Armory Show Spectacle Begins

New York’s Armory Week attracts hundreds of galleries to two piers on the Hudson River and an actual armory across town on Park Avenue.

Hundreds of art collectors of ArtKabinett social media network have already descended upon New York to visit this spectacle of art fairs.

Add an unexpected attraction: Russian billionaire Roman Abramovich’s mega-yacht, Eclipse (not open to visitors) moored nearby.

The piers are best accessed by cab, a brisk walk along the Hudson River’s walkway, or by shuttle bus running from Chelsea.

Pier 94 houses 146 contemporary art galleries. This year’s special Focus section is art from the U.S., which inspired artworks made with bullets (David Cole at Dodge Gallery) and cigarettes (Duke Riley at Magnan Metz) as well as canvases with copper leaf background oxidized by the artist’s urine (courtesy of Elise Adibi at Churner and Churner).

Here are some additional suggestions:

1. Larry Gagosian: An Armory debutant, his booth occupies a prominent spot with Andy Warhol’s camouflage paintings.
2. Galerie Laurent Godin: Note the giant sculpture of an axe-wielding lumberjack guarding the booth entrance. Inside, David Kramer pokes easy fun at the art world. “...You won’t have Damien Hirst to kick around any longer,” is written on a splashy abstract canvas.
3. Andrehn-Schiptjenko: Swedish artist Tobias Bernstrup’s sculpture spelling “Hope” suggests anything but. Made of wood and cardboard, it contains fragments of broken bridges, shattered beams and a bus suspended precariously in mid-air. Asking price: $46,000.

Sold Out

4. Eleven Rivington: The gallery quickly sold out its entire booth of 20 tiny figurative paintings during the VIP preview of candle flames by TM Davy. (Range: $2,500 to $3,500).
5. Victoria Miro: A fragile sculpture of a globe made by Sarah Sze, who will represent the U.S. at the Venice Biennale this year, has already sold for an undisclosed price. Other works for sale include paintings by Barnaby Furnas and Chris Ofili.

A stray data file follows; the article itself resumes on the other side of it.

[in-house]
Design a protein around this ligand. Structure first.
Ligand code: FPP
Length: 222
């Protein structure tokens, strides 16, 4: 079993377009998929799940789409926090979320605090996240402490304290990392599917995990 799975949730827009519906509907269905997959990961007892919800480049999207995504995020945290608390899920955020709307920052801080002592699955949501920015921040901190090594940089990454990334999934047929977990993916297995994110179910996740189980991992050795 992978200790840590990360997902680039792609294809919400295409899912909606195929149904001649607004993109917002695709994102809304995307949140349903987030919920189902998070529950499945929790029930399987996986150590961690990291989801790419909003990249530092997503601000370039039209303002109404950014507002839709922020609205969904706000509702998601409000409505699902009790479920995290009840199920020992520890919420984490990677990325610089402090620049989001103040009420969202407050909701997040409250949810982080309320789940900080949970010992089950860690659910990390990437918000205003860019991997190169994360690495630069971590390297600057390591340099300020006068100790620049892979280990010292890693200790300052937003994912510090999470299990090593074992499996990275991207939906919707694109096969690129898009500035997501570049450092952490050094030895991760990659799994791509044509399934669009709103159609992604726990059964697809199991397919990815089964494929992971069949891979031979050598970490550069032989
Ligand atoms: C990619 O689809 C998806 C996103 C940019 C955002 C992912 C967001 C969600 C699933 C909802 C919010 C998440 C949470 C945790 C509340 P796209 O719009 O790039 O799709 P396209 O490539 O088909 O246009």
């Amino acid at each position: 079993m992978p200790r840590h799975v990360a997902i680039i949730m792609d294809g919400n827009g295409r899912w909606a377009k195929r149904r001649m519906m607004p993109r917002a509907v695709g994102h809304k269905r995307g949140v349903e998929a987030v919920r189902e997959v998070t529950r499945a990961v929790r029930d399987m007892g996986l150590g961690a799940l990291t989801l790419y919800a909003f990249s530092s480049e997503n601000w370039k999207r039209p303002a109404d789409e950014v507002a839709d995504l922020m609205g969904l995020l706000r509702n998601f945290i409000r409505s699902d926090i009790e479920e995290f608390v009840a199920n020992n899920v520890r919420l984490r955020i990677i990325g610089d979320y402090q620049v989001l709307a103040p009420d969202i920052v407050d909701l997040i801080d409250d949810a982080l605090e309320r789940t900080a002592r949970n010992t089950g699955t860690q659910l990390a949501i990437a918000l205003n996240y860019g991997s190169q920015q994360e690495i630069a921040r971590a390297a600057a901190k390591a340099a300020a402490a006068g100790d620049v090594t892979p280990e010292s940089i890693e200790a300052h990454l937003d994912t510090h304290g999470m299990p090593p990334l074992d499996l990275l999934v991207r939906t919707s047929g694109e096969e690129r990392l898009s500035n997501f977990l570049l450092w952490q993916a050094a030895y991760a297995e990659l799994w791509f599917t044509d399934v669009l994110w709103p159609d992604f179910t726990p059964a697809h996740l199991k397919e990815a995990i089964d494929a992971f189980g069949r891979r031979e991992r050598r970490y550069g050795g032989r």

Walk over to Pier 92 for the Modern section of the fair with 61 exhibitors, where Picasso prints hang near nudes by Tom Wesselmann and Sol LeWitt sculptures.

1. Galleria d’Arte Maggiore has paintings by Morandi, Fernand Leger and Giorgio de Chirico selling for as much as $1.2 million.
2. Chowaiki & Co.: The New York gallery has pegged its presentation to the Armory Show centennial with works by Paul Gauguin, Claude Monet, Marcel Duchamp and Edward Hopper, who participated in the inaugural show, and contemporary artists like Vik Muniz and Mike Bidlo. Gems include Dora Maar’s photo of Picasso’s Guernica (not for sale). Prices range from $5,000 to $3.8 million.

Coney Island
3. Andrew Edlin: A scale replica of the Coney Island amusement park, pictured above, offers wonderful fun. Press a button, and the Ferris wheel rotates; another activates the miniature subway. Tom Duncan took 18 years to build the model, which is imaginative and detailed, right down to the bathers on the beach and tiny hot air balloons soaring above. Asking price: $300,000.
4. Mazzoleni Arte Moderna: Postwar Italian art is on view, including slashed colorful paintings by Lucio Fontana, burnt and cracked canvases by Alberto Burri and one exquisite Piero Manzoni. Prices range from $1 million to $1.5 million.

The Armory on Park Avenue

Across town on Park Avenue, the annual Art Show organized by the Art Dealers Association of America is rich in single- artist booths.

1. David Zwirner: This booth features little-known 1930s oil paintings by Milton Avery depicting circus scenes.
2. Marianne Boesky: Find some exuberant works by Salvatore Scarpitta (1919-2007), including a sculpture of a race car and pieces made with skis and sleds.
3. Ronald Feldman: Electrical wires and switches look glamorous in the painting and sculptures by Kelly Heaton here. Each piece emits humming sounds that bring to mind crickets on a summer night.
4. James Cohan: The front page of the New York Times is the starting point for a new group of collages by Fred Tomaselli. One depicts Mitt Romney next to children dressed in white cloaks.
5. Mitchell-Innes and Nash: Jean Arp’s gleaming sculptures, drawings and reliefs take center stage. The works span the 1920s to 1960s and cost as much as $2 million.

The Armory Show runs at Pier 92 and Pier 94 in Manhattan through March 10. Information: http://www.thearmoryshow.com.

The ADAA Art Show runs at the Park Avenue Armory in Manhattan through March 10. Information: http://www.artdealers.org/artshow.